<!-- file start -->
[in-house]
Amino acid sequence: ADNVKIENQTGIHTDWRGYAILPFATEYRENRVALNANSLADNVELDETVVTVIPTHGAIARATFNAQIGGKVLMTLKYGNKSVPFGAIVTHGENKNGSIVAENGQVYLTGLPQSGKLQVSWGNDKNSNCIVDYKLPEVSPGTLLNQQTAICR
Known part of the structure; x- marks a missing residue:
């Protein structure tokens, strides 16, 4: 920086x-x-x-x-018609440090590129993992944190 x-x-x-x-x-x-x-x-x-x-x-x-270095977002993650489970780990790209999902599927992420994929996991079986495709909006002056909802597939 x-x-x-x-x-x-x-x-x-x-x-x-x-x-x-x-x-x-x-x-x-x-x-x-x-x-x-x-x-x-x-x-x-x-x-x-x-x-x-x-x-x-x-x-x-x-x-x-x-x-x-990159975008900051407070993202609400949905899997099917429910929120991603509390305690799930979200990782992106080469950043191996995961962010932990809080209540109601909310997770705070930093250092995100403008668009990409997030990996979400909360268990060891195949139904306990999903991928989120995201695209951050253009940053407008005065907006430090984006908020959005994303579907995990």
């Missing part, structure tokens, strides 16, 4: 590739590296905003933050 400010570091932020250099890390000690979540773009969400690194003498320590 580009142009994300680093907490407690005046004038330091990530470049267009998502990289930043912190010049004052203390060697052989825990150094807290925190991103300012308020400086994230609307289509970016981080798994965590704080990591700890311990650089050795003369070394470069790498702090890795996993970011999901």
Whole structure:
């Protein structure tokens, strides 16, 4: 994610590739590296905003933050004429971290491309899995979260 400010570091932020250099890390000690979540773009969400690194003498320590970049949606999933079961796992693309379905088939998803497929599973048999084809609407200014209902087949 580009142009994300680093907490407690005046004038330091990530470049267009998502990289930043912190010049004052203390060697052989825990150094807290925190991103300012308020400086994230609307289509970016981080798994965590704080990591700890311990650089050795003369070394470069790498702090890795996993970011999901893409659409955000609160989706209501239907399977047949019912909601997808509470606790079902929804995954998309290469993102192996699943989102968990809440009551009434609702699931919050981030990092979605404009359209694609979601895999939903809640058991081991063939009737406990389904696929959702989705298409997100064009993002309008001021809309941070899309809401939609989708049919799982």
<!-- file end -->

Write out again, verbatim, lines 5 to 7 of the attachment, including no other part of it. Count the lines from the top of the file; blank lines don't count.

């Missing part, structure tokens, strides 16, 4: 590739590296905003933050 400010570091932020250099890390000690979540773009969400690194003498320590 580009142009994300680093907490407690005046004038330091990530470049267009998502990289930043912190010049004052203390060697052989825990150094807290925190991103300012308020400086994230609307289509970016981080798994965590704080990591700890311990650089050795003369070394470069790498702090890795996993970011999901």
Whole structure:
């Protein structure tokens, strides 16, 4: 994610590739590296905003933050004429971290491309899995979260 400010570091932020250099890390000690979540773009969400690194003498320590970049949606999933079961796992693309379905088939998803497929599973048999084809609407200014209902087949 580009142009994300680093907490407690005046004038330091990530470049267009998502990289930043912190010049004052203390060697052989825990150094807290925190991103300012308020400086994230609307289509970016981080798994965590704080990591700890311990650089050795003369070394470069790498702090890795996993970011999901893409659409955000609160989706209501239907399977047949019912909601997808509470606790079902929804995954998309290469993102192996699943989102968990809440009551009434609702699931919050981030990092979605404009359209694609979601895999939903809640058991081991063939009737406990389904696929959702989705298409997100064009993002309008001021809309941070899309809401939609989708049919799982």